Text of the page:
Understanding the difference between a skilled nursing facility (SNF) and a nursing home can help you determine viable care options for your loved one.
When your aging loved one is discharged from the hospital, they may be referred to a skilled nursing facility instead of returning home. Understanding the difference between a skilled nursing facility and a nursing home is an important step in determining the best care option for your loved one.
The terms “skilled nursing facility” and “nursing home” are often used interchangeably to describe a residential facility that provides on-site, 24-hour medical care. Some people think the two are one in the same, when in fact they are very different.
A skilled nursing facility is a type of care while a nursing home is a senior living option. Let’s define both more clearly so you can make an informed decision about your options.
Skilled Nursing Facilities vs. Nursing Homes
The key difference between a skilled nursing facility and a nursing home is the required medical attention and the length of stay. A skilled nursing facility is usually used following a short hospital stay, when the patient requires specific medical services to fully recover. They have specialized staff such as speech-language pathologists, rehabilitation specialists, and audiologists who are not typically staffed in a nursing home. Following a short skilled nursing rehabilitation stay, a patient assessment will be done to decide if the patient is able to return home.
A nursing home, on the other hand, provides permanent custodial care—not medical care. These locations offer certified health professionals, meal preparation, and assistance with non-medical, everyday living tasks such as bathing, grooming, bathroom use, medication monitoring, and more. Nursing homes offer 24-hour care as well as room and board. Many nursing homes also have special wings for Alzheimer’s and dementia patients.
Nursing Home Costs – Medicare vs Medi-Cal (California Medicaid)
For the elderly population, skilled nursing facilities and nursing homes bills get paid in two different ways, creating what Michelle Cotte of the NY Times calls a “bifurcated population.” Skilled nursing patients are short-term residents, who usually arrive after a hospital stay. Nursing home residents are long-haulers needing custodial care, mostly seniors and the severely disabled. The majority of skilled nursing short stays are paid for by Medicare, which reimburses facilities at a much higher level than Medi-Cal, which covers permanent-stay residents.
How to Choose a Skilled Nursing or Nursing Home Facility
A hospital case manager or agency social worker may give you a list of possible skilled nursing facilities or nursing homes that have availability. Sarah Ordover, Owner of Assisted Living Locators Los Angeles, recommends doing your research before choosing a short or long term nursing facility. The Center for Medicare and Medicaid Services (CMS) has created a Five-Star Quality Rating System to help consumers, their families, and caregivers compare nursing homes more.
The Nursing Home Compare web site features a quality rating system that gives each nursing home a rating of between 1 and 5 stars. Nursing homes with 5 stars are considered to have much above average quality and nursing homes with 1 star are considered to have quality much below average. There is one overall 5-star rating for each nursing home, and a separate rating for each of the following three sources of information:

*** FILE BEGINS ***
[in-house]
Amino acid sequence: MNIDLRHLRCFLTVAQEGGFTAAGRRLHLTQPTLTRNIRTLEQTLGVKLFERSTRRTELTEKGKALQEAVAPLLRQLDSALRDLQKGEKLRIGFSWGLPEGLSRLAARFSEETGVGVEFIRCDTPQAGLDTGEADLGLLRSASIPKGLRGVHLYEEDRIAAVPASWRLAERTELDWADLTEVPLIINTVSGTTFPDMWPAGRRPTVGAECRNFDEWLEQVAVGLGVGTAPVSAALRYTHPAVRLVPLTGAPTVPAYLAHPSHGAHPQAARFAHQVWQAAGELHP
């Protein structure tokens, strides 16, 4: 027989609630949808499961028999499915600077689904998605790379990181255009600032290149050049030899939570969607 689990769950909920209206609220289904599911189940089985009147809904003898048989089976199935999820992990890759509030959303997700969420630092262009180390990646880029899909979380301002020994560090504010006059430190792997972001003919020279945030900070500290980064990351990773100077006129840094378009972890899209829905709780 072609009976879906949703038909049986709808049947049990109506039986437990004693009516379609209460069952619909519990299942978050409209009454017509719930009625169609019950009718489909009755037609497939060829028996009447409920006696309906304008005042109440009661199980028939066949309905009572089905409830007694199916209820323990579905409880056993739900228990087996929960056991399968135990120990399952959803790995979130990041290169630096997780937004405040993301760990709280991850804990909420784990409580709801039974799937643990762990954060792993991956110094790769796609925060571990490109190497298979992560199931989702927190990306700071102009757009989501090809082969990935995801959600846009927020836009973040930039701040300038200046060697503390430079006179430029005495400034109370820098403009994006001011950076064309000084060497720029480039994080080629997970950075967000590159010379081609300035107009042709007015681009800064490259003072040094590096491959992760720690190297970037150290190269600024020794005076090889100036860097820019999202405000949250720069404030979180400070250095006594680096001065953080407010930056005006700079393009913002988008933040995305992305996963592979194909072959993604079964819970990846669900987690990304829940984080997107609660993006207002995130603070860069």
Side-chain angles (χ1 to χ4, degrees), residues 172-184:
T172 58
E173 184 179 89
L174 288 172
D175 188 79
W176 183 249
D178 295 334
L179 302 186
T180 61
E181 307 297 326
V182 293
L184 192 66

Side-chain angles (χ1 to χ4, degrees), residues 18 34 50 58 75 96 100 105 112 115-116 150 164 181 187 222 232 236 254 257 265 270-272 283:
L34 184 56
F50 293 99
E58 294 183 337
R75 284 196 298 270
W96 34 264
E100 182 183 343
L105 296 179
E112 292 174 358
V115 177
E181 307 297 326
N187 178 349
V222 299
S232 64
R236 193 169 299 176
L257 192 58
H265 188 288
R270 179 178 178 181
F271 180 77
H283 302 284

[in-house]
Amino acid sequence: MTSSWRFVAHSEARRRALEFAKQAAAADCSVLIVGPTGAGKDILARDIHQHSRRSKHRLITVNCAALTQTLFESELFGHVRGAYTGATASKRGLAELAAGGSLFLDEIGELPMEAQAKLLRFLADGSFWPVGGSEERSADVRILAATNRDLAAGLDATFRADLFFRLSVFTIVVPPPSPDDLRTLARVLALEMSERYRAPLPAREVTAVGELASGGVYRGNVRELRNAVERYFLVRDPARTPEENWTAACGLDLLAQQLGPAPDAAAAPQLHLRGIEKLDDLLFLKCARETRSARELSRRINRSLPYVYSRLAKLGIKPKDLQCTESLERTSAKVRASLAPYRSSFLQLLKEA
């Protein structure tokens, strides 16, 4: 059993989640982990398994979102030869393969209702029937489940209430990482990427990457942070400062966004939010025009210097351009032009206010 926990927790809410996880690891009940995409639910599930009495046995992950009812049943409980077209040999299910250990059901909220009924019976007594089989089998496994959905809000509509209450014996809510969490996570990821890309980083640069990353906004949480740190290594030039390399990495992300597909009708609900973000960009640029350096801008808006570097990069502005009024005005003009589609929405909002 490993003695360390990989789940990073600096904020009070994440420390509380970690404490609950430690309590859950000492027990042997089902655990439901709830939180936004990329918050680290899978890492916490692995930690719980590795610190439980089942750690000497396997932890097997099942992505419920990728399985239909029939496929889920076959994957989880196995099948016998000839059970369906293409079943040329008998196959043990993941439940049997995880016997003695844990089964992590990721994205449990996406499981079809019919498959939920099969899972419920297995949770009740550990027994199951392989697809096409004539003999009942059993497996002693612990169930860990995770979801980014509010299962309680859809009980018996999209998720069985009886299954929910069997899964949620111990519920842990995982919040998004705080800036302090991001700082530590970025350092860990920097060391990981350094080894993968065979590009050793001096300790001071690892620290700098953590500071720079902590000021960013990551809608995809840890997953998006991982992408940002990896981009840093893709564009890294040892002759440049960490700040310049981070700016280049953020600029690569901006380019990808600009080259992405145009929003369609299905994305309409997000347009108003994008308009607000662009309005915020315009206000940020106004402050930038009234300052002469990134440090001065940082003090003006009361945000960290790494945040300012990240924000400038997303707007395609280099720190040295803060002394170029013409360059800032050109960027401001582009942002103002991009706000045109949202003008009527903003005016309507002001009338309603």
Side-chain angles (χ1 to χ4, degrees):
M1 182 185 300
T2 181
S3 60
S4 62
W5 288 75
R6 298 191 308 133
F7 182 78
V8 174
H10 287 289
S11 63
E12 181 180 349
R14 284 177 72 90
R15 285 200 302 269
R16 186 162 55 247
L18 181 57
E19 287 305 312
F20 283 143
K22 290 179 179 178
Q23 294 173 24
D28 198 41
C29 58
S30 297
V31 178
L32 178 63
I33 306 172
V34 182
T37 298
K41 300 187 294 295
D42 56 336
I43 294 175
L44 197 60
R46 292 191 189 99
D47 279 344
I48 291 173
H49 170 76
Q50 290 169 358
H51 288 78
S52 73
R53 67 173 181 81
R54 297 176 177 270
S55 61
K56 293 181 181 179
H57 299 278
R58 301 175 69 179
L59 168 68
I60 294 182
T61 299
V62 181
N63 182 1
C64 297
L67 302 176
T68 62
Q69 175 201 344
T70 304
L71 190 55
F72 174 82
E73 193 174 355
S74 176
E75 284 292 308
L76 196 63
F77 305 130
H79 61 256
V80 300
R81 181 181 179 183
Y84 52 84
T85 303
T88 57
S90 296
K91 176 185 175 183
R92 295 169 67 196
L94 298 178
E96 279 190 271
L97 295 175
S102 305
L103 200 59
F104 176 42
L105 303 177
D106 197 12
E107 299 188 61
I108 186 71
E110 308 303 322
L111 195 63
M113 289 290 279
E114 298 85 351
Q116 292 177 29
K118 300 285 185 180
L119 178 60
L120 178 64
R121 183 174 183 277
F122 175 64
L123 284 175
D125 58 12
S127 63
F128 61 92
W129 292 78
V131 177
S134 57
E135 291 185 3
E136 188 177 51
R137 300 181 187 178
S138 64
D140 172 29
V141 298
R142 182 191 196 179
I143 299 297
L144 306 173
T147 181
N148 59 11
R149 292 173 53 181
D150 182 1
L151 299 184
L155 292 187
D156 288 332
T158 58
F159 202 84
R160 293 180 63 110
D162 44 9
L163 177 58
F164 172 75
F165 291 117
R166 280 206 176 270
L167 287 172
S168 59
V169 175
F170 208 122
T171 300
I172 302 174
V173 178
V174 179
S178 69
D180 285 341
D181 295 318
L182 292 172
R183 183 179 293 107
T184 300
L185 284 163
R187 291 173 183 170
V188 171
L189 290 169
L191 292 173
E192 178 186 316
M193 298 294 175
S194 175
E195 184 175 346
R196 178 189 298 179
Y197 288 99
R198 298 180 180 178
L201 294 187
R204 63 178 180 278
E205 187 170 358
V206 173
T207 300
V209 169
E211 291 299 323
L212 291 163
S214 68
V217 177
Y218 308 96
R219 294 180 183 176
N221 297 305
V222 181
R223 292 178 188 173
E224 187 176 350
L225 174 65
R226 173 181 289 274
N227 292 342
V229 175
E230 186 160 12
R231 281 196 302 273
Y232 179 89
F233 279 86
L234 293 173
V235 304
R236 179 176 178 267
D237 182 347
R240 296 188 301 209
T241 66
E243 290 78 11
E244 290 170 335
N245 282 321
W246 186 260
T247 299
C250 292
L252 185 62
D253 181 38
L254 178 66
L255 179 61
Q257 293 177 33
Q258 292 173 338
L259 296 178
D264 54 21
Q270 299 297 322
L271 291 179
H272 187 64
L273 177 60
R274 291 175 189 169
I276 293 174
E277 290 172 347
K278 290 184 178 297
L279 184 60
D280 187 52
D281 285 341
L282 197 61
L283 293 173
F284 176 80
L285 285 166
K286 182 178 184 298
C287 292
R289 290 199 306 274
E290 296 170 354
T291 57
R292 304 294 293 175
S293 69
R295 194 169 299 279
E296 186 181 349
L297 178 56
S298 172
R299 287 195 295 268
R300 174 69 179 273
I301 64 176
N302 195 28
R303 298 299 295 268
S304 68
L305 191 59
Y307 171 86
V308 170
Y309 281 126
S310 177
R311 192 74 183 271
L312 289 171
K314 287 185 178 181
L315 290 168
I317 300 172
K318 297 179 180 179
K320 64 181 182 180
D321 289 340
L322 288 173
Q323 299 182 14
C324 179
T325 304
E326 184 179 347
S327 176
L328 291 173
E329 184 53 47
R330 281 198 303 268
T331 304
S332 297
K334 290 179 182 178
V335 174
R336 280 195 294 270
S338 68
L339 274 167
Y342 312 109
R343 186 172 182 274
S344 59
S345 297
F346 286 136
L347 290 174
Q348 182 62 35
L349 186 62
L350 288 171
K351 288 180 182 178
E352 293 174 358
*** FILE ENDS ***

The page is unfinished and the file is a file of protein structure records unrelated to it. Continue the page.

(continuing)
- Health Inspections – The health inspection rating contains the 3 most recent health inspections and investigations due to complaints. This information is gathered by trained, objective inspectors who go onsite to the nursing home and follow a specific process to determine the extent to which a nursing home has met Medicaid and Medicare’s minimum quality requirements. The most recent survey findings are weighted more than the prior year.
- Staffing – The staffing rating has information about the number of hours of care provided on average to each resident each day by nursing staff. This rating considers differences in the levels of residents' care need in each nursing home. For example, a nursing home with residents who had more severe needs would be expected to have more nursing staff than a nursing home where the resident needs were not as high.
- Quality Measures (QMs) – The quality measure rating has information on 15 different physical and clinical measures for nursing home residents. The QMs offer information about how well nursing homes are caring for their residents’ physical and clinical needs.
Non-profit public interest organization ProPublica has developed its own database called Nursing Home Inspect which compares nursing homes based on the deficiencies cited by regulators and the penalties imposed in the past three years. This database allows you to search nearly 80,000 nursing home inspection reports to look for trends or patterns; evaluate nursing homes near you; and find nursing homes that have been cited for deficiencies in infection control.
Ordover says “In the Los Angeles area, there is a wide variance in quality of service at skilled nursing and nursing homes. Remember, you have choice. Be sure to do your homework before deciding on a place for your family member to move. It is a vitally important decision and one that should be thoroughly investigated.”
Assisted Living Locators Los Angeles owner Sarah Ordover is one of LA’s top senior living advisors. Certified in dementia care, Sarah is a trained aging specialist who holds an RCFE assisted living administrators license. Sarah thoughtfully guides families through the senior living decision-making process, helping them find the best solution for their loved ones. Call Sarah at 310-853-8282 for a consultation. Assisted Living Locators is free to clients.